My very last morning in Chiang Mai I woke up at dawn and set out on my funky bike to find Wat Chieng Man--the oldest temple in the city.
I wheeled into the deserted temple compound just as the sun was rising--a great glowing orange ball in the sky--and was treated to the most delightful sense of deja vu.
Our first day in Chiang Mai, four years before, we'd hired a guide named Poon, to take us around in her air conditioned car. It was very hot indeed and the memory of this place was burned right into my heart. It might have been the first temple we saw. It certainly made a grand impression on me.
In fact had been looking for it the whole time I'd been in Chiang Mai, not knowing the name, and felt overwhelming gratitude to find it at last, at sunrise, on my last day. There was even blue in the sky, and clouds to catch the sunrise.
Monday, February 16, 2009
My very last morning in Chiang Mai I woke up at dawn and set out on my funky bike to find Wat Chieng Man--the oldest temple in the city.
I suppose not everyone is captivated by Thai Buddhist temples. I find them fascinating, beautiful, inspiring and made a special point of seeing as many as I could.
I suppose if I had taken the time to read about the symbolism and architecture and history, I'd have enjoyed the experience even more. For instance, there seems to be some sort of Green Man with a staff either supporting or being pinned by this fierce creature--is it a lion?
I did have the Lonely Planet's info on a few of the more significant of Chiang Mai's 300 plus temples, and made a point of seeking them out.
Just wait til next time!
A rare smile from my Irish/Swedish friend. This is the bloke who knocked on my door Saturday morning, to see if I was okay (or if I needed to go to the hospital).
Tommy stays about three months in Chiang Mai every year. He offered a wealth of perspective and information and much needed camaraderie.
For my last dinner in Chiang Mai I headed down to the Anusarn market, which now blends into the Night Market, to enjoy my favorite sea food restaurant in the whole wide world.
I splurged on this one dinner. It cost $10, way more than any other meal I'd had. But it was so worth it. I was taking a terrible risk too. I'd had only bland food up to this point! And it was so good I had trouble stopping myself! What a meal! What a wonderful place to visit.
When a building goes up, the spirits of the land need a new place to live, so nearly every Thai store, office building or home has a spirit house. They are often stocked with many little figurines, which provide good company for the spirits. Also offerings are made quite often. Happy spirits don't cause trouble, and may bring good luck. It's not unusual to see a fanta bottle or even a plastic cup on the platform. At first we thought maybe this was litter!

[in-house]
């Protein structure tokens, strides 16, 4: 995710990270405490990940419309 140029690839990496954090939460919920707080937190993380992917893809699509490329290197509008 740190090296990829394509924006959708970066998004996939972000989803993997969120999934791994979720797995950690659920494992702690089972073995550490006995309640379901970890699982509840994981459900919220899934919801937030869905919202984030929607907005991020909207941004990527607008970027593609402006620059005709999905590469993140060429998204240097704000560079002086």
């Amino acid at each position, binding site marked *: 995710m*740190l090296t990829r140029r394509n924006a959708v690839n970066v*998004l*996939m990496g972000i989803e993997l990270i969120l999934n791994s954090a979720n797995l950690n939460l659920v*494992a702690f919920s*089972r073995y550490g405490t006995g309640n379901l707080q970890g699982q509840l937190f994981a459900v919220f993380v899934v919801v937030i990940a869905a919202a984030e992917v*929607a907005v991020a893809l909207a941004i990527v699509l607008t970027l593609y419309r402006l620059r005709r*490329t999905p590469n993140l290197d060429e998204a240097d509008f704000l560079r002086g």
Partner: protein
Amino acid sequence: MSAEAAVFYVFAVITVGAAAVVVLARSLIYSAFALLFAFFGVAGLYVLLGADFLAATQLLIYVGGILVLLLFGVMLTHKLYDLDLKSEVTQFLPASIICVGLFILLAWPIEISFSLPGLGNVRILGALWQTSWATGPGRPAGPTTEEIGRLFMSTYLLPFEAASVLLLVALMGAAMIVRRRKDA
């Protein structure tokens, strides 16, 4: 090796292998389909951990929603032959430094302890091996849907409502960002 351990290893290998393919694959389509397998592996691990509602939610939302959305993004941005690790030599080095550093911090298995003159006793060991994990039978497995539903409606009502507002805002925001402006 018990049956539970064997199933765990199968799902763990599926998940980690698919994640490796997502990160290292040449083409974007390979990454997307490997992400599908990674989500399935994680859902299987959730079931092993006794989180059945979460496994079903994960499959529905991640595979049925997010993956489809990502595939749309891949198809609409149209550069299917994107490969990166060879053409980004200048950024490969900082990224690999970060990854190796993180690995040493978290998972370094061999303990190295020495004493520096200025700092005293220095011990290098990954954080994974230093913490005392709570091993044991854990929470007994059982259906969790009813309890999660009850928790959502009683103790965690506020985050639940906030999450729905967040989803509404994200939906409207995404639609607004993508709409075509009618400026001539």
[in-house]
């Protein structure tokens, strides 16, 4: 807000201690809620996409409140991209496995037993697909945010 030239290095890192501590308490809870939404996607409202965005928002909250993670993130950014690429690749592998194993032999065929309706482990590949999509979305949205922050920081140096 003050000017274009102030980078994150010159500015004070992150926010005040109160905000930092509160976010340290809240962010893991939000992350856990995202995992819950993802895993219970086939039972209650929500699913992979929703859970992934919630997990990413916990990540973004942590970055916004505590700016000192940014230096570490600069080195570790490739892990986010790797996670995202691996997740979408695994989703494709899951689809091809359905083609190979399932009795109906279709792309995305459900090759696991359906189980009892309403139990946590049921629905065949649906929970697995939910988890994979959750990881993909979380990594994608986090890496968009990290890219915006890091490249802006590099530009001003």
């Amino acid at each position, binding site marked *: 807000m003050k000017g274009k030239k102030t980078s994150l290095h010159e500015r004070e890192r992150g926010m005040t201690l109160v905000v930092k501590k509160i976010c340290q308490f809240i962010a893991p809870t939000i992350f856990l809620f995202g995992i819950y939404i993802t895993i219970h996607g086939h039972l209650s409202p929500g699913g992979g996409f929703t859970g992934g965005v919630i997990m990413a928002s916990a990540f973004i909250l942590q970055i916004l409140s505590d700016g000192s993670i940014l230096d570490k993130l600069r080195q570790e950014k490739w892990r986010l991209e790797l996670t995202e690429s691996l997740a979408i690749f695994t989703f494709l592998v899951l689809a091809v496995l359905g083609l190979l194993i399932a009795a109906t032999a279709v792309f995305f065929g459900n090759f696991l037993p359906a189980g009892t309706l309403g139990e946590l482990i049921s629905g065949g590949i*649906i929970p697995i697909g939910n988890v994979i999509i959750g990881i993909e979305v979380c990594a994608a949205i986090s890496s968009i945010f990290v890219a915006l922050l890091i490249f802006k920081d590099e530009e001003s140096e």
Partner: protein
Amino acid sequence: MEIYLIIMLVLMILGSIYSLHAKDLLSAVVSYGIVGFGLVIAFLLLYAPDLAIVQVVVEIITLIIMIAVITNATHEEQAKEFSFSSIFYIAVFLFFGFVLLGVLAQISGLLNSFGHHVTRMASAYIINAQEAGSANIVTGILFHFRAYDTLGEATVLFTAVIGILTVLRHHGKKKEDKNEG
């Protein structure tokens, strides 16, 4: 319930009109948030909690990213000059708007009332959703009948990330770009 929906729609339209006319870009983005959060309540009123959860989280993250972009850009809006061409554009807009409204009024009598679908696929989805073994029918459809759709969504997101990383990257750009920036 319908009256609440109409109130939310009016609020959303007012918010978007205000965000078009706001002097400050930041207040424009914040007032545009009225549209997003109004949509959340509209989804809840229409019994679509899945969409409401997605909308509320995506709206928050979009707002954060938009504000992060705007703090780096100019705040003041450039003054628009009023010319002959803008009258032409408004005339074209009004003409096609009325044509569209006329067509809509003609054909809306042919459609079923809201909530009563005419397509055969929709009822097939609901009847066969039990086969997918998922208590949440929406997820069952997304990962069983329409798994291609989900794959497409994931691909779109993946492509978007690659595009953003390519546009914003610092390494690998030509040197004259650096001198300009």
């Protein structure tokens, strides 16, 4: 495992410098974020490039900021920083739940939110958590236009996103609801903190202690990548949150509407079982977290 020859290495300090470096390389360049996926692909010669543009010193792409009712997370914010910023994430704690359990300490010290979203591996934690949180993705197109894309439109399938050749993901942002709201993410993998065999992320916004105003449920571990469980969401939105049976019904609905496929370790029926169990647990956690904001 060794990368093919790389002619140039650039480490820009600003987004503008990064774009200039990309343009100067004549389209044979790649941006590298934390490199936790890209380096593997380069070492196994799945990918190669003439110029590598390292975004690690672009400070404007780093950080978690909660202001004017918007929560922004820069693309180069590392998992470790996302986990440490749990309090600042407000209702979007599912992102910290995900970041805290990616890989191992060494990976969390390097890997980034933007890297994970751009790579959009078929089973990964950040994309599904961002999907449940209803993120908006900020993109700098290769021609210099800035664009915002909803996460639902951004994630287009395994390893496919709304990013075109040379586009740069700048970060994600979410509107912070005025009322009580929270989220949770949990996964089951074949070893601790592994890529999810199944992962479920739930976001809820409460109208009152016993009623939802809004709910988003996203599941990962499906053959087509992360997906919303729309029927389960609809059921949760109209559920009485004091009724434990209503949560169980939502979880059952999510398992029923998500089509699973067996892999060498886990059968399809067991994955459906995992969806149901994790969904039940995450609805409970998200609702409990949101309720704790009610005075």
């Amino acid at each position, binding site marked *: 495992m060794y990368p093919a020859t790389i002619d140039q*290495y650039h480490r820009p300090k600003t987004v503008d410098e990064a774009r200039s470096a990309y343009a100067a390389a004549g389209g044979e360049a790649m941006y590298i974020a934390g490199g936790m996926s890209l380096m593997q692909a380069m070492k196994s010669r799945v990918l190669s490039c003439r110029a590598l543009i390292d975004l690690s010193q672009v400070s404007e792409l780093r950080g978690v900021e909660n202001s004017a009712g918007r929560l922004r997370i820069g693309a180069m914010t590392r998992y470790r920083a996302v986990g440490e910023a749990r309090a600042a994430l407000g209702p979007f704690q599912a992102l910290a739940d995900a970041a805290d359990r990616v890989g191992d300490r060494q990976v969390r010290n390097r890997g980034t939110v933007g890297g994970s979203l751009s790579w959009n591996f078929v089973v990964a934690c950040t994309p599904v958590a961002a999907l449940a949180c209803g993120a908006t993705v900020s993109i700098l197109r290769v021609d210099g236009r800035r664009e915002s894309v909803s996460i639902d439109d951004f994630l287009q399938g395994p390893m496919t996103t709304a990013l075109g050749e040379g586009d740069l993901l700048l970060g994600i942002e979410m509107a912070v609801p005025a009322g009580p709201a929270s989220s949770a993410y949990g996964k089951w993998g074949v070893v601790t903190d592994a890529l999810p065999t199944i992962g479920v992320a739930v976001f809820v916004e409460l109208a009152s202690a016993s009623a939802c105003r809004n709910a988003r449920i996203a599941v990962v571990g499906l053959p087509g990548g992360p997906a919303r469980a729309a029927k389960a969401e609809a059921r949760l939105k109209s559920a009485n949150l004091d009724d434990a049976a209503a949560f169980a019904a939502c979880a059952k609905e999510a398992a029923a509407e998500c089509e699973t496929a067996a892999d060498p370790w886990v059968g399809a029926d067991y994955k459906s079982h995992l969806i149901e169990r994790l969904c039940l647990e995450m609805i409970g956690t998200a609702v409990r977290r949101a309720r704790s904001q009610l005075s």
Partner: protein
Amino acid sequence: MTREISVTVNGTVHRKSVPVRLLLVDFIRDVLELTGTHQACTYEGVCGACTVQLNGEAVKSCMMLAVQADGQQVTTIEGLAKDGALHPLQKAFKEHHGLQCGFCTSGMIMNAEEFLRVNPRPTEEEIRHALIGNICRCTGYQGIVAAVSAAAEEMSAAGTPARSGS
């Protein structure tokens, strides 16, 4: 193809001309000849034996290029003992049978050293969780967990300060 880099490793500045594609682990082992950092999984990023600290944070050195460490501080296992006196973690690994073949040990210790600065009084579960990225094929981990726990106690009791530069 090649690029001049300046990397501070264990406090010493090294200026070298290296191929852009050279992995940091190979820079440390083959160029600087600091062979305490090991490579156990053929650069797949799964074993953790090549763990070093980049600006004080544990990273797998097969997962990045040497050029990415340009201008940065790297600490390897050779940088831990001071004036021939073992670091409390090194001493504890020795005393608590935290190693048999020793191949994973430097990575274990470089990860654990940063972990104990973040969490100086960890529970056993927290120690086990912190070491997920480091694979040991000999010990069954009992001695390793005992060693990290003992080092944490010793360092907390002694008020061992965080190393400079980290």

I love seeing these houses, and even fairly bleak urban streets can be quite redeemed by the sight of elaborate or well cared for san phra phum.
For more about spirit houses
On the Sunday after I'd been so sick, I was again visiting the Walking Street Market, but was having more trouble enjoying myself. I didn't dare eat all the yummy food this time, and there were just throngs of people (I really felt I was in Asia!) and I hadn't much energy for shopping--the effort of haggling was beyond me.
So I was feeling a little jaded, I suppose, when I ventured into this temple's grounds and came across this scene of the Buddha under the tree.
There were people standing silently and of course many taking photos. For me it was a turning point. I was suddenly VERY happy to be in Thailand again. And this spiritual uplift stayed with me to the end of my trip.
Thursday, February 12, 2009
But so far I haven't left the house. It's COLD outside! And I'm dealing with the jet lag (it's 2:21 in the morning in Chiang Mai) and a very upset stomach--I think that's from the final insult of airline food.
I'm almost ready to grab the wheel again and get back to work. I've also got 4 gigabytes worth of photos and video to sort through. I'll post some more photos soon. And I want to write up a comprehensive report on dental tourism in Chiang Mai. For whom, I'm not sure.
Meanwhile, I've got about ten thousand hours of stories inside my head, just waiting for someone, anyone, to ask me a question about my trip.
So watch out!
Monday, February 09, 2009
I just got back from getting my crowns put on and I feel so happy. They feel great, my mouth feels whole again and my bout of dysentery is about over. Knock on wood.
I do have to go back tomorrow one last time, but rather than dreading it I'm very excited. Dr. Korakan tells me there is a relatively new product, a gel, that one applies with a custom made tray, which re-mineralizes the teeth, especially any exposed roots, where I had all my trouble. It's a prescription gel and should keep me safe from decay for a long long time, which I am so freaking happy about!
It's 5pm and I'm on my last hours here. I told Krista yesterday that I'd be happy to be home instantly--that I'd had my fill.